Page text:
Women and Smoking in the 1920s

Written by ruby martes
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Women and Smoking in the 1920s
In the early 20th century, smoking for women was an act of defiance. (Thinkstock/Comstock/Getty Images)

The 1920s were a time of dramatic social changes but also of resistance to the changes. Women got the right to vote in 1920. Amelia Earhart started flying and Margaret Sanger founded a birth control organisation in 1921. In the early 1920s, women who smoked in public were considered so vulgar and depraved that they were blamed for a host of social ills, from breaking up families to causing men to resort to crime and even murder.

Social Attitudes

Nice women were not supposed to smoke. Smoking, like voting before it, was thought to be bad for women's delicate health. It was said that smoking would make women coarse and besmirch their motherly virtues. However, some women actively embraced the rebellious image of the female smoker. According to Steve Craig of the University of North Texas, smoking became a fad for women in college in the mid-1920s, with as many as one-third of female college students smoking.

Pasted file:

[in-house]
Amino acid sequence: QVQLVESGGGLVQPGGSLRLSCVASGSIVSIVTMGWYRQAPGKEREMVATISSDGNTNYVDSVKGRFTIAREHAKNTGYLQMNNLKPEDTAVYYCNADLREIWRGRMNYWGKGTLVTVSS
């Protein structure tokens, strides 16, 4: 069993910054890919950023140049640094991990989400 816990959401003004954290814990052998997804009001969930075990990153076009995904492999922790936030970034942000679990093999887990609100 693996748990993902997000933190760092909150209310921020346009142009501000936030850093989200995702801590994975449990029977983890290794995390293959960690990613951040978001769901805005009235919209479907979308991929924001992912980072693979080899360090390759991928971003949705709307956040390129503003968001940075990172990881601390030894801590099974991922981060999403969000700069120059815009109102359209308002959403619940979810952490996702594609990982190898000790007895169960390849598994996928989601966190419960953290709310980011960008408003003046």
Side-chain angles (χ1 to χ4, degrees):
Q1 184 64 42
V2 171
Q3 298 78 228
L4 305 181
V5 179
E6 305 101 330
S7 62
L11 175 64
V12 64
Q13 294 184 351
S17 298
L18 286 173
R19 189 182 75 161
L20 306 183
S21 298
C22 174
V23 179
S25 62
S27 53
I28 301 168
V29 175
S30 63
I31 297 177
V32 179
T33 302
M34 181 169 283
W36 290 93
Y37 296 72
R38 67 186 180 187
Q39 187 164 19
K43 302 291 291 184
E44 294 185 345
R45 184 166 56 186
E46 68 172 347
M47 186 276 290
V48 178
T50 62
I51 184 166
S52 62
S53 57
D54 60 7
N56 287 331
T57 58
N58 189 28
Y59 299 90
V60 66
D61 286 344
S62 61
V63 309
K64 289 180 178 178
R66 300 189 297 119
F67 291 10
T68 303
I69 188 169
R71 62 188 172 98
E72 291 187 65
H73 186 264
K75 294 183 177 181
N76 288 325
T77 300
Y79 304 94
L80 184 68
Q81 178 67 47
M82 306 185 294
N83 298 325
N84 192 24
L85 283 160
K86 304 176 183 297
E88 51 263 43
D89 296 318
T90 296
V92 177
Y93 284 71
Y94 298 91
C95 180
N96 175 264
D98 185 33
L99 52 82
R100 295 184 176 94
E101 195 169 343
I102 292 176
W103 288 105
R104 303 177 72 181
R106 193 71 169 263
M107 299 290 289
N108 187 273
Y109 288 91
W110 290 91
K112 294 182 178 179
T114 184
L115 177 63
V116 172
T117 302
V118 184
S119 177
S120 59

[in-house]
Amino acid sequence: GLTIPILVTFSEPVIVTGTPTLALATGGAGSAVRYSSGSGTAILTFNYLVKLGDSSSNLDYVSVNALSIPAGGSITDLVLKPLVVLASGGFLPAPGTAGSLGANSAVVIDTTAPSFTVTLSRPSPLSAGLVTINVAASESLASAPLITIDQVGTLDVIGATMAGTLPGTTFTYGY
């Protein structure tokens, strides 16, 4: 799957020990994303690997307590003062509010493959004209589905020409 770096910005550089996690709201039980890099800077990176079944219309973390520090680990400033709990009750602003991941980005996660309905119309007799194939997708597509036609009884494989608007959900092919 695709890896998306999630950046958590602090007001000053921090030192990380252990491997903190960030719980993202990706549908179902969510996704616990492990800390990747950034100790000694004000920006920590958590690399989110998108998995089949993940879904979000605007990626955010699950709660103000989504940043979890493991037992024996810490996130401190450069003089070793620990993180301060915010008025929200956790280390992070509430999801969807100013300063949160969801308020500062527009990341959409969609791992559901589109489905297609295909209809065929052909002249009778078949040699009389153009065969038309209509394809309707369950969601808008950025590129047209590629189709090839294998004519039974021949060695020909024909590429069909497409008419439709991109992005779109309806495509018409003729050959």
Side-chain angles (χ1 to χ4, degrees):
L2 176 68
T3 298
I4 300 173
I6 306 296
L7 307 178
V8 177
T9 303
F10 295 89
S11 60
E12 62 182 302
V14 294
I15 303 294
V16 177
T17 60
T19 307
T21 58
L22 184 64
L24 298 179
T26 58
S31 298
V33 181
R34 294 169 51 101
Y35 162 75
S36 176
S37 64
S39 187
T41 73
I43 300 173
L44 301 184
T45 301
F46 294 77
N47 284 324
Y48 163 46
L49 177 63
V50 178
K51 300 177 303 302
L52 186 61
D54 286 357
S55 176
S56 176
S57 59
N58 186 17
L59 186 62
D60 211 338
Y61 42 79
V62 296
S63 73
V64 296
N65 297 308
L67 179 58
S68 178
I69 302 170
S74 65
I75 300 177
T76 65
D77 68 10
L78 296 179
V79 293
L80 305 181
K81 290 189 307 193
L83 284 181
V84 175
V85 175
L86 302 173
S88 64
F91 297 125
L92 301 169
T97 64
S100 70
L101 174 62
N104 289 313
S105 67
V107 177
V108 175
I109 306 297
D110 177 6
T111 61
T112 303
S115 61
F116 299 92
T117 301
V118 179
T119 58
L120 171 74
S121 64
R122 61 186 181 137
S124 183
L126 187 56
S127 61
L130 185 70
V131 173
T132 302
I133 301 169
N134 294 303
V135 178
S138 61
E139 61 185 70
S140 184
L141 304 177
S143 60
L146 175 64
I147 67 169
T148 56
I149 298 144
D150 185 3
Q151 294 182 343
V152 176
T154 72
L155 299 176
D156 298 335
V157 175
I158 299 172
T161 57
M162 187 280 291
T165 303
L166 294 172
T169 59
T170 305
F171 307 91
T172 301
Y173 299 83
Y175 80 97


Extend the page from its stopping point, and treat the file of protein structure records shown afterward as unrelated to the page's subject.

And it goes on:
Official Disapproval

So strong was the social disapproval of women smoking in public that a U.S. Representative tried, albeit unsuccessfully, to promote a bill to make it illegal in 1921. The surgeon general in 1920 warned of the dangers of smoking for women (but not, apparently, for men). Even the Cleveland executive board of the Boy Scouts recommended that scouts try to save women from indulging in the dishonourable act.


The tobacco industry saw a vast untapped market in women. In the late 1920s, some companies started running ads that were aimed directly at women. A 1928 campaign by the American Tobacco Company for Lucky Strikes had the slogan "Reach for a Lucky Instead of a Sweet," which implied that smoking would help women lose weight. Philip Morris used the slogan "Mild as May" to promote a cigarette it made specifically for women.

"Torches of Freedom"

In 1928, the president of the American Tobacco Company hired public relations counsel Edward Bernays to make smoking more socially acceptable for women. Bernays consulted a psychoanalyst, who told him that smoking represented equality for women. To make cigarettes more appealing to feminist women, Bernays dubbed them "torches of freedom." He created an effective publicity stunt by convincing 10 debutantes to smoke the "torches" while marching down Fifth Avenue in New York's Easter Parade.

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